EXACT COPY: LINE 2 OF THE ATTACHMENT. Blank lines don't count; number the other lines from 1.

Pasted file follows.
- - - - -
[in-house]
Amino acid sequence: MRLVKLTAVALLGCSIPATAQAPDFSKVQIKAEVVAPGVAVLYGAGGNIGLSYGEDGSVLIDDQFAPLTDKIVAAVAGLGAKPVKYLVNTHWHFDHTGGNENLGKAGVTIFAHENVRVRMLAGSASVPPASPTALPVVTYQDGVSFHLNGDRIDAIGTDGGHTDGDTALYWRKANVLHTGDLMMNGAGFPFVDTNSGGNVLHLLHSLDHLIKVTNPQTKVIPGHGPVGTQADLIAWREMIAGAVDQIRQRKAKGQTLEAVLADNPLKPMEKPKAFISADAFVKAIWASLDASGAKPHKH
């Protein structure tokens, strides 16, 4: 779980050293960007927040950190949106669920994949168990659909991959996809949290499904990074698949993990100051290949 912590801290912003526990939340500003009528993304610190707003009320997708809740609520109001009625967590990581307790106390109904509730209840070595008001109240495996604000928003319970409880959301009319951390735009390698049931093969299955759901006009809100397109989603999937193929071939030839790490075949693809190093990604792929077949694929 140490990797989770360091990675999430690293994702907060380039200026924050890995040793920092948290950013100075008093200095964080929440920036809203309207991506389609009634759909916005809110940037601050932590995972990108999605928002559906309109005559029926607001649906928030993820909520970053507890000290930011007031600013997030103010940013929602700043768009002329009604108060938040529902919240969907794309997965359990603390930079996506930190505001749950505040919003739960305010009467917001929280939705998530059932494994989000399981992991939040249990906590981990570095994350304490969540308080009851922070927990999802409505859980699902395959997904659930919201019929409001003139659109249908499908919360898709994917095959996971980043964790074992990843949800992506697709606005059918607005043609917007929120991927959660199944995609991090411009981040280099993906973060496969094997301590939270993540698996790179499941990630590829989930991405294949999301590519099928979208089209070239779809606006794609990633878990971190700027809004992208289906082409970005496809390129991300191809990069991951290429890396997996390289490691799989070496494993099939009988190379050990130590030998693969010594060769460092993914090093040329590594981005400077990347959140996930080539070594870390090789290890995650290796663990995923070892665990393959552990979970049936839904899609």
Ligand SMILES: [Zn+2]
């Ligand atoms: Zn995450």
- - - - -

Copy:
Amino acid sequence: MRLVKLTAVALLGCSIPATAQAPDFSKVQIKAEVVAPGVAVLYGAGGNIGLSYGEDGSVLIDDQFAPLTDKIVAAVAGLGAKPVKYLVNTHWHFDHTGGNENLGKAGVTIFAHENVRVRMLAGSASVPPASPTALPVVTYQDGVSFHLNGDRIDAIGTDGGHTDGDTALYWRKANVLHTGDLMMNGAGFPFVDTNSGGNVLHLLHSLDHLIKVTNPQTKVIPGHGPVGTQADLIAWREMIAGAVDQIRQRKAKGQTLEAVLADNPLKPMEKPKAFISADAFVKAIWASLDASGAKPHKH